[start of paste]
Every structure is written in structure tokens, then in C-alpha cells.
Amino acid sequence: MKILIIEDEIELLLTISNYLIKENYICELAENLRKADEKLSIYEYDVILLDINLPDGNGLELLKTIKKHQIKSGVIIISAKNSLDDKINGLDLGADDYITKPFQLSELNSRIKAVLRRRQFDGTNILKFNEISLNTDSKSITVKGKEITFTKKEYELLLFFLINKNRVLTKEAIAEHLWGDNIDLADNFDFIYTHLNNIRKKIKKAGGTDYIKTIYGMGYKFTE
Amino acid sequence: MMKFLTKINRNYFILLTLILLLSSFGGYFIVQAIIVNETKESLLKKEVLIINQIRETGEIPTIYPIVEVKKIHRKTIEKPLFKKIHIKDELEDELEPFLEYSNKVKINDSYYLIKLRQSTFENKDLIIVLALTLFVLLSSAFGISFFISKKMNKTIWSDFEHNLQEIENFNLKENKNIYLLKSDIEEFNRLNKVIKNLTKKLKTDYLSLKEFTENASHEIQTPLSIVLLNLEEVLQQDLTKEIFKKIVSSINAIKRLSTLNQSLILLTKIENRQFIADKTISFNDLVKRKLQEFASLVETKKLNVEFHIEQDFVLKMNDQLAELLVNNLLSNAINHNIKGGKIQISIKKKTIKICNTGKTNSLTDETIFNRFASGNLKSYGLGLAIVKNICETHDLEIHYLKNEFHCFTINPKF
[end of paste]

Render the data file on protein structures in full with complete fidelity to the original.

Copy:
Every structure is written in structure tokens, then in C-alpha cells.
Amino acid sequence: MKILIIEDEIELLLTISNYLIKENYICELAENLRKADEKLSIYEYDVILLDINLPDGNGLELLKTIKKHQIKSGVIIISAKNSLDDKINGLDLGADDYITKPFQLSELNSRIKAVLRRRQFDGTNILKFNEISLNTDSKSITVKGKEITFTKKEYELLLFFLINKNRVLTKEAIAEHLWGDNIDLADNFDFIYTHLNNIRKKIKKAGGTDYIKTIYGMGYKFTE
Amino acid sequence: MMKFLTKINRNYFILLTLILLLSSFGGYFIVQAIIVNETKESLLKKEVLIINQIRETGEIPTIYPIVEVKKIHRKTIEKPLFKKIHIKDELEDELEPFLEYSNKVKINDSYYLIKLRQSTFENKDLIIVLALTLFVLLSSAFGISFFISKKMNKTIWSDFEHNLQEIENFNLKENKNIYLLKSDIEEFNRLNKVIKNLTKKLKTDYLSLKEFTENASHEIQTPLSIVLLNLEEVLQQDLTKEIFKKIVSSINAIKRLSTLNQSLILLTKIENRQFIADKTISFNDLVKRKLQEFASLVETKKLNVEFHIEQDFVLKMNDQLAELLVNNLLSNAINHNIKGGKIQISIKKKTIKICNTGKTNSLTDETIFNRFASGNLKSYGLGLAIVKNICETHDLEIHYLKNEFHCFTINPKF